Gutierrez v. Berryhill
MEMORANDUM DECISION AND ORDER - It is Ordered that the Commissioner's decision be Remanded to the Commissioner for further proceedings consistent with this Memorandum Opinion and Order. Signed by Judge Bruce S. Jenkins on 3/12/2018. (las)
2018 MAR 12 AM 10:27
U.S. DISTRICT COURT
IN THE UNITED STATES DISTRICT COURT
DISTRICT OF UTAH
MEMORANDUM DECISION &
Acting Commissioner of the Soc. Sec.,
Civil No. 2: 17-CV-00971-BSJ
Judge Bruce S. Jenkins
Plaintiff, pursuant to 42 U.S.C. 405(g), 1383(c)(3), seeks judicial review of
the decision of the Acting Commissioner of Social Security (Commissioner)
denying his claims for Disability Insurance Benefits (DIB) and Supplemental
Security Income (SSI) under Titles II and XVI of the Social Security Act (the Act).
After careful review of the entire record, the parties' briefs, the relevant law, and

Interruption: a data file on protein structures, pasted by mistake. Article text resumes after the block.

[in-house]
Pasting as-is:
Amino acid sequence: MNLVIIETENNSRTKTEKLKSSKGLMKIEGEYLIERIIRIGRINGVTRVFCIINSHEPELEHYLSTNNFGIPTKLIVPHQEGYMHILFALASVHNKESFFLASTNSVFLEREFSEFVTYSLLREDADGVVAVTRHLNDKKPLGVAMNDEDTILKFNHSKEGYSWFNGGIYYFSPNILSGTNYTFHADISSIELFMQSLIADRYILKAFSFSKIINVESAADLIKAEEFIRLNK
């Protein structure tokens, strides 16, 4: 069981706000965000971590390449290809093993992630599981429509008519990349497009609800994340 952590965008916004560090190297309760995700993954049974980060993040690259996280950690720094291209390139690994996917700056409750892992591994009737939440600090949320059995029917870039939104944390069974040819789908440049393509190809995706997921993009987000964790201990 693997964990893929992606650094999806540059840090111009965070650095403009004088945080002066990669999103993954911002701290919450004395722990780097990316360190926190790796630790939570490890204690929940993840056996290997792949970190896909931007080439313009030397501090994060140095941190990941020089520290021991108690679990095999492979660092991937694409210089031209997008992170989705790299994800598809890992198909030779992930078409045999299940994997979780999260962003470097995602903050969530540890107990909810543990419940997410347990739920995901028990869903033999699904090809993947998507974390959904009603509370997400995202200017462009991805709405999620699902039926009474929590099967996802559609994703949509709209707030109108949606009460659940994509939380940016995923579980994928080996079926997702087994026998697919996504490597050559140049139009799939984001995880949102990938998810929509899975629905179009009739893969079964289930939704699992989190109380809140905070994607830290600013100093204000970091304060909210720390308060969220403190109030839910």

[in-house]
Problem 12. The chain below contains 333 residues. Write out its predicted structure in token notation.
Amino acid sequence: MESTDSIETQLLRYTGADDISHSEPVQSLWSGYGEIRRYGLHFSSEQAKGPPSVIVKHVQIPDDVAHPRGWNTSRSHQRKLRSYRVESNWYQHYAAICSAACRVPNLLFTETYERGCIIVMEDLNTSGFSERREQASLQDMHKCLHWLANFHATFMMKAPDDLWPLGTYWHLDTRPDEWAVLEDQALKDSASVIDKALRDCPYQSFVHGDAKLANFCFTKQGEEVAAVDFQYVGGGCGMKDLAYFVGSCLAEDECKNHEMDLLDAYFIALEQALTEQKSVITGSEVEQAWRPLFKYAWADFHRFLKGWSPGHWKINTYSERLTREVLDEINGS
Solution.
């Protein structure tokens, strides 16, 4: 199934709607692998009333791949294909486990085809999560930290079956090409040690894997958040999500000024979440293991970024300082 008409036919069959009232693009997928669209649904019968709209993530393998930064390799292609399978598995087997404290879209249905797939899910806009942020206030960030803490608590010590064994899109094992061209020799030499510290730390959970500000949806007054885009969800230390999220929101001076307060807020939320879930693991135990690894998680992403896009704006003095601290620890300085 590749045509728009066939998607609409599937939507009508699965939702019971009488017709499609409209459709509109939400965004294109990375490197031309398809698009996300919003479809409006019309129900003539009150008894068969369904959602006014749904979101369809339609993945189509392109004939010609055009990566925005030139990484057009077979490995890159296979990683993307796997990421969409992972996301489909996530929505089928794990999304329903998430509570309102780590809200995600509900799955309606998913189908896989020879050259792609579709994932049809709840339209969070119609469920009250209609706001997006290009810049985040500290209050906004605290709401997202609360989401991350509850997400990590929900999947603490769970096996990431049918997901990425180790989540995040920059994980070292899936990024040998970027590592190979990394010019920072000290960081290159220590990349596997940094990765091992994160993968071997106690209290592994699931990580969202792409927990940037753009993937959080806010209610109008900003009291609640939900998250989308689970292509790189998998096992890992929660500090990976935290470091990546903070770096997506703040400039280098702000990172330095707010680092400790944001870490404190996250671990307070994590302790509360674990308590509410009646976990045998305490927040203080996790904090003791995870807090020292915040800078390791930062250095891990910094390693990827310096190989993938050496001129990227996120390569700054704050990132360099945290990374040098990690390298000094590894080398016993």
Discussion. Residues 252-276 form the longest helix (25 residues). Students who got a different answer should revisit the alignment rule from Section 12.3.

arguments presented at a hearing held on February 15, 2018, the Court FINDS that
the decision of the Commissioner should be REMANDED.
Plaintiff Miguel Gutierrez ("Plaintiff') filed applications for Disability
Insurance Benefits (DIB) and Supplemental Security Income (SSI) on August 5,
2013, alleging disability on September 1, 2013 as amended at hearing (Transcript
of Administrative Record "T" at 11 ). He alleged disability from that time due to
residual injuries and conditions from a severe motor vehicle-pedestrian accident on
December 18, 2005 (T. 16), resulting in degenerative disc disease of the lumbar
spine, spondylolisthesis, and a history of extradural cyst in his thoracolumbar
spine, with multiple surgical interventions (T. 14), and resulting in severe chronic
bilateral radiculopathies with severe chronic denervation (T. 469, 521 ), as well as
right tibia/fibula fracture with surgical fixation and right leg shortening, as well as
right shoulder fracture with degenerative joint disease status post surgery (T. 14).
Plaintiff meets insured status requirements of the Social Security Act